This research project seeks to analyze the causal factors driving the growth of the Maoist insurgency in India since 1990. The core support base of the insurgency has been India’s tribal population (“Scheduled Tribes”). This study is an empirical analysis based on micro-data on the spatial location of each incident of Maoist-related violence, the socio-economic profile of that area, and agro-climatic variables of the region. Nearly three years were spent in developing a database of all Maoist incidents. The econometric analysis finds that changes in vegetation cover are negatively and causally related to the intensity of violence. The first research paper was published in January 2013. CASI is currently working on a second paper examining the impact of income-support government programs on the intensity of violence.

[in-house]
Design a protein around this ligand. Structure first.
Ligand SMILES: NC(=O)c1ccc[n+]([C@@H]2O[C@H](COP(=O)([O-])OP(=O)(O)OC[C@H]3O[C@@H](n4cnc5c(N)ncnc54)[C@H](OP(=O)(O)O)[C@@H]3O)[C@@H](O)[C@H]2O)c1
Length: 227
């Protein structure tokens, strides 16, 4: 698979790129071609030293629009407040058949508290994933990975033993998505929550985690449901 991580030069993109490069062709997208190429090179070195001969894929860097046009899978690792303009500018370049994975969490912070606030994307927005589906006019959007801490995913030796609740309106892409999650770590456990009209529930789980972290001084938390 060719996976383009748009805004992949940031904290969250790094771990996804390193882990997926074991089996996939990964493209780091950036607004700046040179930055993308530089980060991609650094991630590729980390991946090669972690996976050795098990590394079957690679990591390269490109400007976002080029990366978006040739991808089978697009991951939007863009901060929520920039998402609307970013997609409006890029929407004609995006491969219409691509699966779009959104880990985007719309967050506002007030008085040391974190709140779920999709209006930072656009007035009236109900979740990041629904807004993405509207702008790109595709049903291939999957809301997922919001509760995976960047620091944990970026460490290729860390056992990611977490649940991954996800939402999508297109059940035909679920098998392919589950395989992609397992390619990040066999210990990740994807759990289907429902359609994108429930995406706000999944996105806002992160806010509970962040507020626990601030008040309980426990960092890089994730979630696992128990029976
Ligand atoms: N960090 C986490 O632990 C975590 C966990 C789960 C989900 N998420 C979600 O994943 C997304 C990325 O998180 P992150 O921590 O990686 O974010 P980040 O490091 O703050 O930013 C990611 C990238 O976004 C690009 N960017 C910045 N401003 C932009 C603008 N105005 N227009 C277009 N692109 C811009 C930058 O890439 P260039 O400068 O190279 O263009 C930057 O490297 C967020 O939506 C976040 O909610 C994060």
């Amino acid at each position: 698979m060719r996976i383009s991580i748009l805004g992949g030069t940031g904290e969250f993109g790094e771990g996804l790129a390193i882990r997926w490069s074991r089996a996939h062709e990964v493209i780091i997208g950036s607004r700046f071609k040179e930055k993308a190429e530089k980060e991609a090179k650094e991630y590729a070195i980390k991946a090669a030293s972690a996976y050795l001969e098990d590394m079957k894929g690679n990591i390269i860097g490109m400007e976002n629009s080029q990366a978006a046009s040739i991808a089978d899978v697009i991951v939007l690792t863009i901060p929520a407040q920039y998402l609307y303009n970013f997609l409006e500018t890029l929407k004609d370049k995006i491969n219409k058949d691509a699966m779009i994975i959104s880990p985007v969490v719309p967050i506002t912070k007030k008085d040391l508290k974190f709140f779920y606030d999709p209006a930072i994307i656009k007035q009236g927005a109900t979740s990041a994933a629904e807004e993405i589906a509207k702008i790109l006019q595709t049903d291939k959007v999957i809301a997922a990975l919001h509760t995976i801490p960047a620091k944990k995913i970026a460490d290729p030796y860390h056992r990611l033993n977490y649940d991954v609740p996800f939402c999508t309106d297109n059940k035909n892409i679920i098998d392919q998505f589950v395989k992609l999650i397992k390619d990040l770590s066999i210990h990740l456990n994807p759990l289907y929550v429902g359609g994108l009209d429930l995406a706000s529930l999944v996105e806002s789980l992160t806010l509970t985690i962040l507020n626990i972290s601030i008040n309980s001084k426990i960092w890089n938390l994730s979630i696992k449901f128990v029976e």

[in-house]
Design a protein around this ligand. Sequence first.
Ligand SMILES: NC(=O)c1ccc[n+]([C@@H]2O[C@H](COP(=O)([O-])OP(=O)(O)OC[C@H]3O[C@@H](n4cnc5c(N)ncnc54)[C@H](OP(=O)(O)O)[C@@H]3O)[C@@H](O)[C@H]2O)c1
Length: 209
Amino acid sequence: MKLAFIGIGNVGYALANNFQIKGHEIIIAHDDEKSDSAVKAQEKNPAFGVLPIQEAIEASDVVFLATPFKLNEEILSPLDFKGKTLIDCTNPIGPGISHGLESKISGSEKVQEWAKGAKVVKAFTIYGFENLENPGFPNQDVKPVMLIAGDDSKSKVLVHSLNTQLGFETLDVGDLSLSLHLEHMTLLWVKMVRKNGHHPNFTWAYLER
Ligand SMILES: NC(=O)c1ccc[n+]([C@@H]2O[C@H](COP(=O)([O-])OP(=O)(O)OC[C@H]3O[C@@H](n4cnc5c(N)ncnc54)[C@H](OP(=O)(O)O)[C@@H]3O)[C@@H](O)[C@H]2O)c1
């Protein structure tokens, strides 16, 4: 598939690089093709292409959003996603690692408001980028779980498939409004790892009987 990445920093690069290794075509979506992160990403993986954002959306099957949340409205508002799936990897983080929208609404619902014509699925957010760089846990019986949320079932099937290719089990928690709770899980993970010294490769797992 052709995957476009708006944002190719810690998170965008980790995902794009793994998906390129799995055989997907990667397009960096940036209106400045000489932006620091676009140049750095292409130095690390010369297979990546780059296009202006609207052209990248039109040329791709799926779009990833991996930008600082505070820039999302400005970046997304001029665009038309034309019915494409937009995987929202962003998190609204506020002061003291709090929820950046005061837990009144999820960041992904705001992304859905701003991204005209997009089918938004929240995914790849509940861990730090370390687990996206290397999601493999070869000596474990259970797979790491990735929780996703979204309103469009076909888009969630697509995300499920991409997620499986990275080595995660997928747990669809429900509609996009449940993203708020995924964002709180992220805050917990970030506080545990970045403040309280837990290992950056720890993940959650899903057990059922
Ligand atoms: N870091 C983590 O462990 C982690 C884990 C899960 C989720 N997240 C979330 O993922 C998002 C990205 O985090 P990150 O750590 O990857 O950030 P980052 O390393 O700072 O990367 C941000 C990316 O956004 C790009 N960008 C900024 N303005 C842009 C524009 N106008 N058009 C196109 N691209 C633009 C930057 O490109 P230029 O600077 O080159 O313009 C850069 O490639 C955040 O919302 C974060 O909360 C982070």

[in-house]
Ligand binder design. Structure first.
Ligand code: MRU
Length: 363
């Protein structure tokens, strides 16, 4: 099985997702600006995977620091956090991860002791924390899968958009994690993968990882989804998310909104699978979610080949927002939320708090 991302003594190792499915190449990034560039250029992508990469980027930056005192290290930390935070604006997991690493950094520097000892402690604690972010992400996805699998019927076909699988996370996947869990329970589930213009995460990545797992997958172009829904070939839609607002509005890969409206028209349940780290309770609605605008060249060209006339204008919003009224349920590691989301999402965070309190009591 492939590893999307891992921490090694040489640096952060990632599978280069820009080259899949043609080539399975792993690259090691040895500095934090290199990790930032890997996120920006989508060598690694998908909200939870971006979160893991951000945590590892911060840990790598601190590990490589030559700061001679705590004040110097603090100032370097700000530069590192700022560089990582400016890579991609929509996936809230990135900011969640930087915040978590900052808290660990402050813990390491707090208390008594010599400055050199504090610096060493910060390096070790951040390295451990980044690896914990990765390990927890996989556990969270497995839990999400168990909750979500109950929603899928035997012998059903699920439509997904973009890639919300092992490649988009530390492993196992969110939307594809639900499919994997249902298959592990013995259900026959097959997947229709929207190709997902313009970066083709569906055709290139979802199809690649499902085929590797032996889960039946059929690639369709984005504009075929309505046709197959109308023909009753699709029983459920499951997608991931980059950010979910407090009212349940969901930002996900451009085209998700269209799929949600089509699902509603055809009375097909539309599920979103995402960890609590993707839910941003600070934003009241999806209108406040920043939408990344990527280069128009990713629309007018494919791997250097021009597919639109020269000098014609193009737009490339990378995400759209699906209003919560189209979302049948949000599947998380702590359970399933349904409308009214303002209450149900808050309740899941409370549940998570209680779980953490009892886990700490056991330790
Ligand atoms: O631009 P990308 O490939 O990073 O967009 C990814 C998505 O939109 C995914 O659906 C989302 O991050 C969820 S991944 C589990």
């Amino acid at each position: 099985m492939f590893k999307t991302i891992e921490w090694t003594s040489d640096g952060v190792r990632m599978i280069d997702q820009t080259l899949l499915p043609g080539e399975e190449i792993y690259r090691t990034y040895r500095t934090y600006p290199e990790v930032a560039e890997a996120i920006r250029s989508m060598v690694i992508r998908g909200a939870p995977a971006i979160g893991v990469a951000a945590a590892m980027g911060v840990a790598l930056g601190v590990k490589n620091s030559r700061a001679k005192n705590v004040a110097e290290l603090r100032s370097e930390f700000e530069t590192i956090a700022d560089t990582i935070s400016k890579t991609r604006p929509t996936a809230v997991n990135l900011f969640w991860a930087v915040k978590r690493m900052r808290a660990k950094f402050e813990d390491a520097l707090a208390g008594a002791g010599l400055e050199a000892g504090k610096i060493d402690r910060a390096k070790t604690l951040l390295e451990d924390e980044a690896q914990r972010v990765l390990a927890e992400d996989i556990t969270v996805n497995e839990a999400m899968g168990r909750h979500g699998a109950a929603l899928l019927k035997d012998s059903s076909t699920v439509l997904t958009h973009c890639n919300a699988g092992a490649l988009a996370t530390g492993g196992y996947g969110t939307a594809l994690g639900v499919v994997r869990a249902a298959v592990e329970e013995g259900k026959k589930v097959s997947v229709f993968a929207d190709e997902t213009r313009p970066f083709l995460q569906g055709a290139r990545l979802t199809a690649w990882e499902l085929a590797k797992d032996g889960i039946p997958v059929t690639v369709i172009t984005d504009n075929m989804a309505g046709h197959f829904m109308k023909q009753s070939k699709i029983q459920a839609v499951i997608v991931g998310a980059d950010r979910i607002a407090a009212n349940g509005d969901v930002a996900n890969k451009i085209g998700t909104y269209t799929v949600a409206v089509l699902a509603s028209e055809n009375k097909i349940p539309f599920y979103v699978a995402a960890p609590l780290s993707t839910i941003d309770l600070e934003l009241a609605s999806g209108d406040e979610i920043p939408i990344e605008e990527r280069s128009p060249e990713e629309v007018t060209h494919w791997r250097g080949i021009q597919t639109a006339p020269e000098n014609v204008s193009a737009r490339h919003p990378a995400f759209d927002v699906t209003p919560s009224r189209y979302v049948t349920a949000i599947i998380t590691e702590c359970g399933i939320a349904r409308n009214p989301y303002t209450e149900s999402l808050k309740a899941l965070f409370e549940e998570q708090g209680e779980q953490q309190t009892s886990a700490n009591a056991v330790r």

Shivaji Mukherjee. "Colonial Origins of Maoist Insurgency in India: Long Term Effects of Indirect Rule," CASI Working Paper Series No. 13-01. January 2013
Aditya Dasgupta. "Quiet Revolution: The Political Logic of India’s Anti-Poverty Programs," India in Transition. April 7, 2014
Professor and Roy and Helen Ryu Chair of Economics and Government
Texas A&M University
CASI 2006-2007 Visiting Scholar
Associate Professor of Politics
New York University